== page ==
Brianna Ghey and stable-door logic

Picture of Brianna Ghey, a young, white, female presenting teenager with long, blonde hair and glasses, standing in a wooded area wearing a white cardigan and tartan school skirt with her finger pointed out towards the camera.
Brianna Ghey. (Image source: TikTok.)

A few years ago I wrote an article on what I called “stable-door logic”: the tendency, after a disaster or atrocity, to look for ways to make sure that said disaster could not have happened if they had been in place, and to do those things. This came after a German passenger aeroplane was flown into the side of a mountain in the French Alps by its pilot while his co-pilot was out of the cockpit to use the toilet, and the co-pilot was unable to get back in because of security measures put in place after 9/11. We have been seeing the same in the wake of the murder of Brianna Ghey last year and the trial and imprisonment of her two teenage killers: Esther Ghey, Brianna’s mother, has been telling the newspapers that Brianna was vulnerable because of her addiction to social media and calling for special phones to be introduced that offer no access to social media and that if under-16s have access to any phones at all, it should have to be one of these.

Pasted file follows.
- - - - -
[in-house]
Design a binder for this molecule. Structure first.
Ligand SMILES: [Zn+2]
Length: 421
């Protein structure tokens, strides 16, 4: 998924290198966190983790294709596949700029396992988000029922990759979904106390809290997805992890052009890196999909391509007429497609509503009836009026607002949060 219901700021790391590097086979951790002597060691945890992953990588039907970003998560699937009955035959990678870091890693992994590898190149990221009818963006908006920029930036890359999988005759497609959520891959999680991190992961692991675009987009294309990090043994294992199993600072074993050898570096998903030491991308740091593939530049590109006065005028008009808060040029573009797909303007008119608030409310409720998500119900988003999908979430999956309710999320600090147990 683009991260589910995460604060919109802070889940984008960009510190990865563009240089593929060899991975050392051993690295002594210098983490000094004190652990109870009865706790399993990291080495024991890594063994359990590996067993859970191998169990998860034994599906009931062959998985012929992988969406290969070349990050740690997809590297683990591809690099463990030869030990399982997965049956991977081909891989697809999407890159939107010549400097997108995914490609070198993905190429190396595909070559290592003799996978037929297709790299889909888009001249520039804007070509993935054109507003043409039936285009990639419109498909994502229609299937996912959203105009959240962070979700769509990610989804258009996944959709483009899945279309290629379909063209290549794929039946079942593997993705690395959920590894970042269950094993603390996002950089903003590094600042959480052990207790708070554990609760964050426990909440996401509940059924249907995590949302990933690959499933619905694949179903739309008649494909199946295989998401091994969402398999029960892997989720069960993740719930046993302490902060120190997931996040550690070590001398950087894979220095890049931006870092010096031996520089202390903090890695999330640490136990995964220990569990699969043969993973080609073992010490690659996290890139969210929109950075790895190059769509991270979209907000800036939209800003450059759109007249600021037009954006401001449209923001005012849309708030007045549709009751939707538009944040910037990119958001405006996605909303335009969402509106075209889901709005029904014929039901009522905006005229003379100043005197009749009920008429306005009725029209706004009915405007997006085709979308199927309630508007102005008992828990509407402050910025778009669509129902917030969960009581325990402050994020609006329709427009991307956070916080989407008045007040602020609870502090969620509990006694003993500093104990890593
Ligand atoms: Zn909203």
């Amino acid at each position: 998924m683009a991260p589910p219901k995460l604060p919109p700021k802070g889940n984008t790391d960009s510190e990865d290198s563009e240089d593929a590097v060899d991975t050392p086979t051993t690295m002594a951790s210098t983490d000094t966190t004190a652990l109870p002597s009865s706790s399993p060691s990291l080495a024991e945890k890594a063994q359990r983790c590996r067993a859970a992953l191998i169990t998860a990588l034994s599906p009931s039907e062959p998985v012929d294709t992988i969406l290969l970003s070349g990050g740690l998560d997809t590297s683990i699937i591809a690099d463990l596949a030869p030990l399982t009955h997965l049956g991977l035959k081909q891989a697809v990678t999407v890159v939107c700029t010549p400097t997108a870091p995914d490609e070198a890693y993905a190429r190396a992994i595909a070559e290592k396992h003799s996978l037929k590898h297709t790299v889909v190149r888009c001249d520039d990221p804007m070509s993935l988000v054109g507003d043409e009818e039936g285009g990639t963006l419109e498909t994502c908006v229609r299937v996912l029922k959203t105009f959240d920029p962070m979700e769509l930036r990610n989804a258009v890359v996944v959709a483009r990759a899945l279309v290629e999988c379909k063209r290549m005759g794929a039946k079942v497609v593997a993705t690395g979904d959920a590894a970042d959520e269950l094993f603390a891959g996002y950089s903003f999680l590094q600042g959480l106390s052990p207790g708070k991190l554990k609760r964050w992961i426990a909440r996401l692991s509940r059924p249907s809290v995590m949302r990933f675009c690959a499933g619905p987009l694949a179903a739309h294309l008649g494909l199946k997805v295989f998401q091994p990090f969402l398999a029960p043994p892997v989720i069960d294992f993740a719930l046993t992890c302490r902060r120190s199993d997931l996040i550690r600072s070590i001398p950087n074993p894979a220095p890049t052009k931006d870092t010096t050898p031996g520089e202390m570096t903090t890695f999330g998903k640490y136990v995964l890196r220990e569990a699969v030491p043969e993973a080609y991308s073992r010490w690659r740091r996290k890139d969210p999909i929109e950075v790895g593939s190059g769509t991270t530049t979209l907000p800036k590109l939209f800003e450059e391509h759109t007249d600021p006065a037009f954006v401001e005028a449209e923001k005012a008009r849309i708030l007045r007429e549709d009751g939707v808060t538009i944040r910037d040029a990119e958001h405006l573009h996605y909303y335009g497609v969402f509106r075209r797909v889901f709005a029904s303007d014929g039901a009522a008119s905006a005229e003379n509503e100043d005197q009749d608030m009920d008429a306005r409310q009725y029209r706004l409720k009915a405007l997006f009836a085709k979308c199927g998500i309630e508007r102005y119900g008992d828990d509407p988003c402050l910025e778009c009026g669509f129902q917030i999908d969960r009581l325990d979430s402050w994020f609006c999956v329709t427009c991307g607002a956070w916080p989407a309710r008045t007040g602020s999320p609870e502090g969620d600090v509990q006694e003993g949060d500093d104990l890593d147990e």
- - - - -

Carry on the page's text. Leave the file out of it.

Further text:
Mobile phones that offer no internet access already exist, of course; they were what most of us used before the iPhone and Android became popular (there were smartphones before this, but they were rather more primitive than those of today). Mobile phones are not the only devices that offer social media access; computers and tablets do as well. In the early days of social media, alternatives to Facebook existed that catered to teenagers, such as Bebo and MySpace; the first of these closed down, likely because children wanted access to their parents’ and other relatives’ social media which was on Facebook, and the latter because it was horribly slow and sometimes illegible because of the graphics it allowed people to use, and these days mostly caters to musicians. Facebook has a lot to answer for; in other parts of the world the fake news it allows to be circulated is linked to serious inter-communal violence. But even though Brianna Ghey had been accessing sites discussing self-harm and eating disorders, these things didn’t kill Brianna Ghey; her two schoolmates did.

Esther Ghey seems to have reasoned that Brianna was killed partly because she was transgender, and maybe blames this on social media, and partly on her lack of social skills, which likewise remained undeveloped because she had enough friends online not to have to work on her relationships with her schoolmates. The simple fact is that some children fail to develop friendships at school and this was the case before social media existed. Some children do not get on at school, even if they are academically able and interested in their learning. Online communities provide an avenue for forming friendships for these young people that school does not, and without it, they would just have no friends. Removing supports from people does not always make them self-sufficient, and removing one avenue for friendship and social interaction does not mean they will find another. The killers, Eddie Ratcliffe and Scarlett Jenkinson, were also influenced by things they had read online, but they were also disturbed individuals who both inflamed each other’s criminal tendencies. This phenomenon, called folie à deux, has been documented for decades or centuries, long before computers existed, let alone the Internet.